How to select an action in a state if the action does not necesarily cause the environment to change state?

Given 10 states ($S_0$ to $S_9$) and in each state $i$ there are two actions defined $(1,-1)$. $1$ increases a parameter of the environment and $-1$ decreases it.

For example, if the parameter is speed and it is currently 1 rad/s, corresponding to ${S_i}$, an action can be either increase or decrease this and therefore transition to the next state, ideally $S_{i-1}$ or $S_{i+1}$.

It is unclear how to formulate a reinforcement learning problem in this case. The problem is the same magnitude of the parameter change through an action.

The range of the parameter is (3, 25) and step size is 1. The problem is thath the responce of the environment is not the same in every satate. In some states a parameter change with magnitude 1 results in a state transition in some state the magintude proves to be to small to provoke a transition change.

For example, if the envitonment is instate $S_1$ and action 1 is applied, how can the magintude of the paremter be adopted in a way which assures that the environment will transition to state $S_2$? How can the step in the paremeter change be made adaptive? Actually my environment is uncertain that is why I don't know exactly whether this action will take me to next state or not.

For your information, I am using Q learning off policy algorithm. Suppose state 9 is the goal state and my Q table is $10 \times 2$.


1 Answer 1


There are more possible approaches to tackle this problem:

  1. Use a reinforcement learning method which can cope with a continous state space. This would eliminate the need for discretizing the state space which in turn, if I understood correctly, leads to problems in transitioning between states. You can also consider selecting a reinforcement learning method that can cope with a continous state space and a continous action space.

  2. Actions do not have to be immediate. If your action 1 is transitioning form $S_i$ to $S_{i+1}$ you can have a function wich continously increases the spead until the next state is reached and only then you consider the execution of the action complete. Furthermore, the magnitude of the actions can be dependent on the current state, if it assures state transition.

  3. You can add more actions. Use RL for your advantage and define not just $+1$ and $-1$ but $+0.1$, $0.3$, $+0.5$, $+0.7$, $+1$ (and same for deacreasing the speed) etc. Add a negative reward for all actions which do not cause a state transition or which cause higher jump then needed. However, care must be taken to make sure you have the same speed fro each sampling. Eg. if you are in $S_1$ and the action +0.1 does not cause a state transition to $S_2$ you have to reset the state (if possible) or fail the epoch, since the state you are in is not only dependent on the action and the previous state. In other words the speed of e.g. $1 rad/s$ (with a tolarance band) defined as $S_1$ will be slightly higher and ending up in $S_2$ after applying a slight increase in the speed takes less change in the speed than from $S_1$ without the "unnoticed" speed change.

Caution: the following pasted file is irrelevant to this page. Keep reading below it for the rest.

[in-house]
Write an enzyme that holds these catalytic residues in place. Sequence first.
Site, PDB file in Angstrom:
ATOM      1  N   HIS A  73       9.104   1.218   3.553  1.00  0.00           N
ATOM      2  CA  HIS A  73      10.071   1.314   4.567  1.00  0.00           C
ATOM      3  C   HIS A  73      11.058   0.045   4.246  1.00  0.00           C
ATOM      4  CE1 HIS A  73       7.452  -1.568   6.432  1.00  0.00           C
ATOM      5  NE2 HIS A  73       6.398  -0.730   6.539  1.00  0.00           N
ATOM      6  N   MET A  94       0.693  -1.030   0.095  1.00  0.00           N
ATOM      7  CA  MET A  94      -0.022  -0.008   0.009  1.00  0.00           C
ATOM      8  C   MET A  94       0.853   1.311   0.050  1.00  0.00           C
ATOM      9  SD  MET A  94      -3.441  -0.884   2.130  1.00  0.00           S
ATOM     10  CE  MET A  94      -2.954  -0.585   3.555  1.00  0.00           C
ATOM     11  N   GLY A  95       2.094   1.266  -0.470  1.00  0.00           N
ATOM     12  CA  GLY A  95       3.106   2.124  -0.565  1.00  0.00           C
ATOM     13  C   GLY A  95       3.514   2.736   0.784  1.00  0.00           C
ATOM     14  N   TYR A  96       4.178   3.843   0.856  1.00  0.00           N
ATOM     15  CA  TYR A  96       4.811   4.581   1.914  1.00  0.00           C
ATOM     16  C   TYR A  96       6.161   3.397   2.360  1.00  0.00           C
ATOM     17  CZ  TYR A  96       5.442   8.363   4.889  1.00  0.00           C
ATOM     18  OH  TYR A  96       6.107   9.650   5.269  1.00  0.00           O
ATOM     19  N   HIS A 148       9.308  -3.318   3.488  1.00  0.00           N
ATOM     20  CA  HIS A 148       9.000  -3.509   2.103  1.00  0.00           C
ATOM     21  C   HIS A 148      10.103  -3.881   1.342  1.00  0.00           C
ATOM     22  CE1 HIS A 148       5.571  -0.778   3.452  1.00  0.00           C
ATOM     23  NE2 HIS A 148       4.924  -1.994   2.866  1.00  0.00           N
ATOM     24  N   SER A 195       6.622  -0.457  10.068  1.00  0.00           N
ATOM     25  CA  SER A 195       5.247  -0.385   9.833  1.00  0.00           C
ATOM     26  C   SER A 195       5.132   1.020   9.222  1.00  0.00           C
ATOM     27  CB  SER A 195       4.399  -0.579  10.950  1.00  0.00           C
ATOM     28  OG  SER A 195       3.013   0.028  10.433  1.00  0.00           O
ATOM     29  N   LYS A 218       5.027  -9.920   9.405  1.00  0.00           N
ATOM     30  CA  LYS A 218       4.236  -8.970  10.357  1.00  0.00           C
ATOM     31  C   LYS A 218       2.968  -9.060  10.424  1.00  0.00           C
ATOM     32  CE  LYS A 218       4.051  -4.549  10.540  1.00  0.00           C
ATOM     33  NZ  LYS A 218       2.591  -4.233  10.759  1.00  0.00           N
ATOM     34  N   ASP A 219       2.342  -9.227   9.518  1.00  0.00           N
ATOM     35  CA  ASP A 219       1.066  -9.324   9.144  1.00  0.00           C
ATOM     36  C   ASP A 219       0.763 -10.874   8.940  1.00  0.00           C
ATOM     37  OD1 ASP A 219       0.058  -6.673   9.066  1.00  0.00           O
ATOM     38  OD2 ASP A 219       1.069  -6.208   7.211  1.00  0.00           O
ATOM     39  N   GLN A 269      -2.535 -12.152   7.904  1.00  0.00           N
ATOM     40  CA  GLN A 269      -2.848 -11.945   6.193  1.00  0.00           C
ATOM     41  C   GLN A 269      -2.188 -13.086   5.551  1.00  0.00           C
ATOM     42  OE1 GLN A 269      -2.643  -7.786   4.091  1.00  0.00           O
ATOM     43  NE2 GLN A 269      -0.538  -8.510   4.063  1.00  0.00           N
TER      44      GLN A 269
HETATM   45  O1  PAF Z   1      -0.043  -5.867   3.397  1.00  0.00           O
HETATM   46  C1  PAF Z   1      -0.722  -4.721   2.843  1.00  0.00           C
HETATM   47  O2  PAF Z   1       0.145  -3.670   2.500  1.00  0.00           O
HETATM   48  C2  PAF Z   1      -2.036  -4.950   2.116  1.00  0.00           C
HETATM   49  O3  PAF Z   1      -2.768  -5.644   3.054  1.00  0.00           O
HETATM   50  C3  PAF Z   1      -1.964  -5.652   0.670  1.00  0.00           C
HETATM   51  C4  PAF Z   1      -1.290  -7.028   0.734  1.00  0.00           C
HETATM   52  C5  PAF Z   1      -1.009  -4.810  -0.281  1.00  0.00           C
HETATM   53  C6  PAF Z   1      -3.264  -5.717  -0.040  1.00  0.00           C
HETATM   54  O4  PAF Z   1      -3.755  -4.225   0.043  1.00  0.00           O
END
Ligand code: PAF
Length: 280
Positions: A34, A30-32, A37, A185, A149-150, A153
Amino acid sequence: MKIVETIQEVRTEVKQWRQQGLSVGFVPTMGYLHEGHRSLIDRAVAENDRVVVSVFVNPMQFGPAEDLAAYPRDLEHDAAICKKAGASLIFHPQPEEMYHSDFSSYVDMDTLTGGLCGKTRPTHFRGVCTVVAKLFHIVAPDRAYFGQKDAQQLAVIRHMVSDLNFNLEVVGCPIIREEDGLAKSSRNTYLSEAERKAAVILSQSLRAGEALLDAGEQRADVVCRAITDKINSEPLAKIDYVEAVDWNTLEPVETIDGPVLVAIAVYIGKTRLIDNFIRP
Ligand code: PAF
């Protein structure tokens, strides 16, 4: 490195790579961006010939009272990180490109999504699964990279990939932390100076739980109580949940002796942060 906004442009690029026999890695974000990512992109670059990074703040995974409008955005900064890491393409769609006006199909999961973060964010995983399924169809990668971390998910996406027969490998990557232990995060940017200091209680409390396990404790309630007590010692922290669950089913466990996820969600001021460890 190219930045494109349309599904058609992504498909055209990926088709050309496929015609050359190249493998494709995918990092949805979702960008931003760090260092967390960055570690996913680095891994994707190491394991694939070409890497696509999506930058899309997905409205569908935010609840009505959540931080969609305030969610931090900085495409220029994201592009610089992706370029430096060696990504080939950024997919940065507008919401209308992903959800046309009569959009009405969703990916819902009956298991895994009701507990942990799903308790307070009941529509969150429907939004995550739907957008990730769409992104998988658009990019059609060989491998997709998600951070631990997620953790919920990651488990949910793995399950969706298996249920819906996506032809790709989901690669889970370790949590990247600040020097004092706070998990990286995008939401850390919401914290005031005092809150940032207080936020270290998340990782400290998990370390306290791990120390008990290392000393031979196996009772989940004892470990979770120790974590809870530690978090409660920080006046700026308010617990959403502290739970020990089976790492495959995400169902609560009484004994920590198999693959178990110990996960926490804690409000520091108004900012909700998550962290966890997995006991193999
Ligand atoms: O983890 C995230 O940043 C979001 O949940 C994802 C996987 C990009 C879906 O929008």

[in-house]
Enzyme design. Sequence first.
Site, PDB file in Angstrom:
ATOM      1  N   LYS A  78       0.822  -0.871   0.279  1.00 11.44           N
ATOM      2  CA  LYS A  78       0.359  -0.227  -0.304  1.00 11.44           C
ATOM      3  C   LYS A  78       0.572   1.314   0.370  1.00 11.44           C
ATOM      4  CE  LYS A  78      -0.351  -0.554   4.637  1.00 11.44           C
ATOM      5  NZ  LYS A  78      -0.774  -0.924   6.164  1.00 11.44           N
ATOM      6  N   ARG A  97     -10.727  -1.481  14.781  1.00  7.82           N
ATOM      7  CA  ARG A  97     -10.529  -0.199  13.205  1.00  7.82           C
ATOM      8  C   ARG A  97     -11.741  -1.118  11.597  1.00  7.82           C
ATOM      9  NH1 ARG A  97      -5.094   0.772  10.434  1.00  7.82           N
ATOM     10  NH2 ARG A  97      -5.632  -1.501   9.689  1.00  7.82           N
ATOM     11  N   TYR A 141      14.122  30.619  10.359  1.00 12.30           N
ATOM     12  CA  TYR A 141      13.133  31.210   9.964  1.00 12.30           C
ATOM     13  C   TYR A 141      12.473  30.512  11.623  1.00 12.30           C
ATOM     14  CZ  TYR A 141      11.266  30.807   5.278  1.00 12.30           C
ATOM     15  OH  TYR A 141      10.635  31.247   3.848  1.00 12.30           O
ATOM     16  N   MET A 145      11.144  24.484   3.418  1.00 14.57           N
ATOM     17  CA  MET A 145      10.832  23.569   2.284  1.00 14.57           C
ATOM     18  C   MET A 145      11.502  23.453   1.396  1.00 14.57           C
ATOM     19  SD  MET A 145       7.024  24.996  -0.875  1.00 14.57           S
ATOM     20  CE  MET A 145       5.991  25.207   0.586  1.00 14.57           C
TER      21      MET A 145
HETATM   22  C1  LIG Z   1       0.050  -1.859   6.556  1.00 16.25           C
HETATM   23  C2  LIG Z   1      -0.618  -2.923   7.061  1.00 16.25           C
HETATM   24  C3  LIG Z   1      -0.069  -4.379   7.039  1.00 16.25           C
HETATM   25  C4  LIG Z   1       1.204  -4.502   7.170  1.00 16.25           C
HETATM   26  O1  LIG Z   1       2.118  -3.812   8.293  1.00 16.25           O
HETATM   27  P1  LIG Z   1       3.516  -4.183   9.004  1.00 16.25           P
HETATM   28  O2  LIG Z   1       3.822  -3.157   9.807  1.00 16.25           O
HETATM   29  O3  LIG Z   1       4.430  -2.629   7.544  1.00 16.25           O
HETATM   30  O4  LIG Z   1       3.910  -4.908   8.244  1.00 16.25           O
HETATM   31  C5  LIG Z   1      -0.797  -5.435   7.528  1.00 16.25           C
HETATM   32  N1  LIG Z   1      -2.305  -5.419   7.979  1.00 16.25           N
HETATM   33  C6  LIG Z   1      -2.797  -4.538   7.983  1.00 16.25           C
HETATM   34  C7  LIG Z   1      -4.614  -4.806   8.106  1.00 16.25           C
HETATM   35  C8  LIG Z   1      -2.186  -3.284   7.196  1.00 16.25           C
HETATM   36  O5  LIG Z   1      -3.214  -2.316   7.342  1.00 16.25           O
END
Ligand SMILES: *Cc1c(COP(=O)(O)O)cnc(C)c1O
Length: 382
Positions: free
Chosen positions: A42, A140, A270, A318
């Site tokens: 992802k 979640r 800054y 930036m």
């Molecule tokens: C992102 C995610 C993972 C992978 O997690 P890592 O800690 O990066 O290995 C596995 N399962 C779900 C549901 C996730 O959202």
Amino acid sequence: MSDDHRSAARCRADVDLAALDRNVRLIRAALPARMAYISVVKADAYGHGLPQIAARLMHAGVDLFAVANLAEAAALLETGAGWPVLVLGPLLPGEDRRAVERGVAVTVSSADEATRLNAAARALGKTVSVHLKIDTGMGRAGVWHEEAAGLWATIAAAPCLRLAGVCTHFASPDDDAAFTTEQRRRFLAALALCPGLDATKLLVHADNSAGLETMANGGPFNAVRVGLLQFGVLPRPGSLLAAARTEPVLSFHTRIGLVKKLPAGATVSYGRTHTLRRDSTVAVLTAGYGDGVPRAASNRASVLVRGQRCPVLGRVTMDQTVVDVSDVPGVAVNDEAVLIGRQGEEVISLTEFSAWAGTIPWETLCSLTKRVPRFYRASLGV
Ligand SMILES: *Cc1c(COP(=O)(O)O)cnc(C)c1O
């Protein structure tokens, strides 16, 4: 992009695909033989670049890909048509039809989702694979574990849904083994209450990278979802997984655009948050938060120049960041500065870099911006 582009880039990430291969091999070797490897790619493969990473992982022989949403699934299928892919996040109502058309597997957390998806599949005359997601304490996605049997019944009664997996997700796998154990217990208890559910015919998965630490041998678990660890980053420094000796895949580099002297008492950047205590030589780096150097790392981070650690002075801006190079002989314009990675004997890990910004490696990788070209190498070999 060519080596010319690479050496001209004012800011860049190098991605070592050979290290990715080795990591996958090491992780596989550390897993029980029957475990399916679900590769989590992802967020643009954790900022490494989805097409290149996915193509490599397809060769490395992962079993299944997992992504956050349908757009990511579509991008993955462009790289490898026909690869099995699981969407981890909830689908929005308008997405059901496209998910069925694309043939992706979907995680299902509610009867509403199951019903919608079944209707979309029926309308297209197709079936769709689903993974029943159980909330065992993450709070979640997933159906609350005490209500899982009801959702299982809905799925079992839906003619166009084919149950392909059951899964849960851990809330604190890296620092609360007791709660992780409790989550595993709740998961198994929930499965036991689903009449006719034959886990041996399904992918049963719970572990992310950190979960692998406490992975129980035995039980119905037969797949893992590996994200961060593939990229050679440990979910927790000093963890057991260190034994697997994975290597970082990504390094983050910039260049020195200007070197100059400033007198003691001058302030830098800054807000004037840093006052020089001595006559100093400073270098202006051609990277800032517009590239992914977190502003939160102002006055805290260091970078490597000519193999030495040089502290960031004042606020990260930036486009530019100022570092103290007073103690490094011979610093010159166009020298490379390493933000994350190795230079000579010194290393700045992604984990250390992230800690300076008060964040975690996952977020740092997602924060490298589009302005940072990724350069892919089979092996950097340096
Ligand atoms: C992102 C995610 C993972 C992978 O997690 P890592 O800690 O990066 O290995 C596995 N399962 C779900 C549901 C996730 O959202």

• $\begingroup$ Ok thank you very much for a very nice explanation. Actually in my problem, I have finite states available (say 10). There are total 20 actions (say discrete value from 3 to 23). I know state 1 is bad and state 10 is good. In each state, i can only try few actions (not all 20). The problem actually lies here. When I do simulation, I know if I increase action by some number relative to previous action I will transition to next state. But In real implementation, it does not. Can I do like binary decisions (1 means keep increasing action and -1 keep decreasing until I transition to next state. $\endgroup$ Dec 14, 2018 at 21:23
  • $\begingroup$ So you are training in a virtual environment (simulation) which does not reflect your real setup used in the expoitation? $\endgroup$
    – 50k4
    Dec 14, 2018 at 21:26
  • $\begingroup$ Yes, I still did not implement it in real but i am worried before implementation. My real environment is patient and so I can only try when I am confident about my algorithm. The virtual environment is somehow relating with real but not 100 percent. $\endgroup$ Dec 14, 2018 at 21:29
  • $\begingroup$ Can I make Q table like states * decision actions and decision actions are +1,-1. 1 means increase the previous action by some number and -1 decrease it by some number until i reach to next state. and I will update Q table only when i transition to next state. $\endgroup$ Dec 14, 2018 at 21:36
  • $\begingroup$ As stated in point 2, the action does not have to be immediate and if it brings your environment to the same state in reality as in simulation it does not have to be the same implementation or it does not have to act in the same way. $\endgroup$
    – 50k4
    Dec 14, 2018 at 21:43

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